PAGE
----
Welcome to Day 9 of our safari. This was our last day of being out in the wild, as the next day and a half would be travel back to the city and some much needed shopping for gifts.
Even though we had a wet and wild ride to the Hippo pool the day before, we thought that is was worth another trip before making the long drive to our next resort.
As we were making our way towards the pool, we saw this large group of female Impala who were hanging out, and following the one male lead. I liked the way that they were all bunched up. I changed the settings of my Canon 1DX to f/11 so that most of the Impala would be in focus. I zoomed the Canon 100-400mm lens to 240mm to fill the frame with all the female Impala.
After another 20 minutes of driving, we came to the Hippo pool once again.
As the evening before, there were many Hippo hanging out on this morning.
Mike was the first person to notice that some of the Hippo would come together, mouth to mouth, and form the shape of a heart.
This was the cropped photo I posted on Valentines Day.
When looking at my photos from the afternoon before, I noticed that I did not have enough wide shots of the pool, and made sure to get some on this visit. This one large Hippo stood up in the background and I saw that as a great time to get my wide shot.
But with all the action happening in front of us, it was hard not to zoom in tight and take more photos like this.
After taking a lot of photos of the Hippo, I decided that it was time to try something new. I decided to put on my Tiffen Digital HT Circular Polarizing filter to cut the light coming in to my camera, and try some slow shutter shots.
I was walking back to my vehicle to get the filter, when I turned back and saw many of our group taking their shots. I am glad that I took this photo of them, since it shows them in action and also gives you an idea of the shooting environment at the pool.
I also decided to grab my Gitzo tripod with Acratech ball head to give me a sturdy platform for the slow shutter shots.
This first shot was taken at f/22, with the polarizer essentially turned off, giving me a shutter speed of 1/8 second. I was happy that the front Hippo stayed still, but wanted more motion in the water.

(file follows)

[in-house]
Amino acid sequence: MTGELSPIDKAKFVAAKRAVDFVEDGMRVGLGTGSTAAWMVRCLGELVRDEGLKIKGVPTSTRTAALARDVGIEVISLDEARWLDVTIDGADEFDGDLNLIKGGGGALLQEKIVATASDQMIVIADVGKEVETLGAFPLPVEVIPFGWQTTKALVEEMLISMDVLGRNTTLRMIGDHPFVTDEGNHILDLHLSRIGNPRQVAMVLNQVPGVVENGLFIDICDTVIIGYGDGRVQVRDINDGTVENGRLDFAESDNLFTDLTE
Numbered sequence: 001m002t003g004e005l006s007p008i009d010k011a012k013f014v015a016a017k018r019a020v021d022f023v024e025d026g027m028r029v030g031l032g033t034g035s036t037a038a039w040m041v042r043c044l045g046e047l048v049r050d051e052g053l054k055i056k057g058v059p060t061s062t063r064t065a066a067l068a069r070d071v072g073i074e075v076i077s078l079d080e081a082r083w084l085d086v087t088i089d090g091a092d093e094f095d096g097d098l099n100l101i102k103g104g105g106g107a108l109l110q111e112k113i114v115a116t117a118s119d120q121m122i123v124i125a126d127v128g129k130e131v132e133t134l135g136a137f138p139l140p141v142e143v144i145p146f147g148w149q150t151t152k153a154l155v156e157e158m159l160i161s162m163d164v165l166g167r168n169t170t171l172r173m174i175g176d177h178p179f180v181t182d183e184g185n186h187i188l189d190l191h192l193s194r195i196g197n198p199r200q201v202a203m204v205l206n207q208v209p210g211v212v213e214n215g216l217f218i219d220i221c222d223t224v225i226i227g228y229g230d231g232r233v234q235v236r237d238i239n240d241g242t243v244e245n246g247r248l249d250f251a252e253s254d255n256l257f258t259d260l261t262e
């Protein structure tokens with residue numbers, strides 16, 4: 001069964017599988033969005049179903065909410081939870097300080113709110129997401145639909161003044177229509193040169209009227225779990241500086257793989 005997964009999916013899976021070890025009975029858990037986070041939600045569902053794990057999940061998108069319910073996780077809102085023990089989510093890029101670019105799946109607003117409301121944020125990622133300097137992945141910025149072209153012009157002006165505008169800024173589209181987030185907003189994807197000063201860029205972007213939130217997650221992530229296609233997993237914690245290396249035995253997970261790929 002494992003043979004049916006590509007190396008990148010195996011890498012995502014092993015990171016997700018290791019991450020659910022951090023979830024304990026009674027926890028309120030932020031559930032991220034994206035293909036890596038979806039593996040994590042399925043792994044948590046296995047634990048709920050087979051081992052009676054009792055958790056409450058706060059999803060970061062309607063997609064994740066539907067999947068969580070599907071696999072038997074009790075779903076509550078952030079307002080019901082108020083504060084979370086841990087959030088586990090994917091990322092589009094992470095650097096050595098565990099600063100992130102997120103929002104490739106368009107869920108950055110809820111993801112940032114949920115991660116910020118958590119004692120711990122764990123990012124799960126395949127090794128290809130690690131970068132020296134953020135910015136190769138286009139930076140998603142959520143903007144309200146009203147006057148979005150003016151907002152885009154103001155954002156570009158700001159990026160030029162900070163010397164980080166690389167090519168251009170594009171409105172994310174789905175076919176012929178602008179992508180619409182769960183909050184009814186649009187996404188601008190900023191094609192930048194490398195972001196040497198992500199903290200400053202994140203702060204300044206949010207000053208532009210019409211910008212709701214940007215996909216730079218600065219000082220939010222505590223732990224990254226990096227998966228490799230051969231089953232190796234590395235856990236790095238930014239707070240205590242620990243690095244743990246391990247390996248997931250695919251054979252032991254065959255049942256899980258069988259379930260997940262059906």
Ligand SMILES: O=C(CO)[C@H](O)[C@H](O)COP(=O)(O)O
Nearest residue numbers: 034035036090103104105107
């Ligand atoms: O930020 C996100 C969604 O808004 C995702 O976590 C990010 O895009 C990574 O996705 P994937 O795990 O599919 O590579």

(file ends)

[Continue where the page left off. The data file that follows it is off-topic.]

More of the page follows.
For this next shot, I changed the camera to f/25 and achieved 1/5 sec. Good, but still not enough motion in the water.
Using the Tiffen HT Circular Polarizing filter at it's full potential, I was able to achieve a slow shutter speed of 1/2 second. Being that we were in morning light with cloud cover, this was not too shabby. And the effect was exactly what I was hoping for. I had good motion in the water, and the other Hippo, but my subject stayed nice and still for that 1/2 second, giving me a nice unique shot.
One last big mouth shot before heading out for the long drive across the Serengeti.
As we were leaving the Hippo pool, we saw a small group of Baboon along the side of the road. We would have kept driving (since we already had a lot of Baboon photos) but there were more babies. Time to stop once again.
|(Canon 1DX, 100-400mm lens at 400mm, ISO 320, f/5.6, 1/800 sec)|
This little baby peeked around it's mother and I grabbed this shot. I love the look in this little one's eyes.
We were driving across an old stone bridge when our driver stopped and said that we had to wait. It turned out that a Monitor Lizard was crossing in front of us. I waited for it to get to the other side of the bridge and took this photo of the lizard looking back at me.
We also saw this Lilac-breasted Roller high atop a nearby tree.
Hey look - we came across another pride of Lion, and they were walking along the road.
The Lion walked from the road out into the grass. They were heading for this old tree and I was hoping they would climb it. Lucky me, a couple of them climbed up and stood watch up there.
Further along the same road, we saw these Elephant off in the distance. I asked our driver if it was possible to drive off road in the mud to get closer to them. Sam said that this should be no problem, so off we went.
I asked Sam to stop to give us this shot. I really liked the adult and baby Elephant in the foreground with the large rocks in the background.
In case you are wondering how close we got to the wild animals in Africa, check out this photo. This large Elephant walked right by one of our Land Cruisers and started throwing mud onto it's back. You can see all the mud flying in the air behind Tina and Mike. I think that Mike's smile says it all!
At one point, the baby decided to lay down and take a rest. The adult Elephant came by and used it's trunk to get it back up again. We all enjoyed this show.
We got about half way across the Serengeti and stopped for lunch at the park exit. While hanging out and getting ready to have a bite to eat, I saw these Agama lizard and was amazed by their colors. I figured that lunch could wait, and grabbed the camera to photograph these beautiful little guys.
And then after lunch, I continued my quest to get a nice shot of the male Agama. This guy was at the top of this rock, checking out me and my camera gear, and so I took his portrait.
Continuing on our long drive, we saw many more Zebra in their common stance, watching in both directions.
We ended up back at the overlook over the Ngorongoro Crater. The weather was very different from our previous visit to this location. But it was a good chance to get some portraits of ourselves in this iconic spot.
Stay tuned for the blog of Day 10 - our last day in Tanzania.
And, for those of you who missed this amazing opportunity, we are going to do this amazing safari again next year...check out the site HERE to sign up for the 2017 trip! We have a limit of 12 people.
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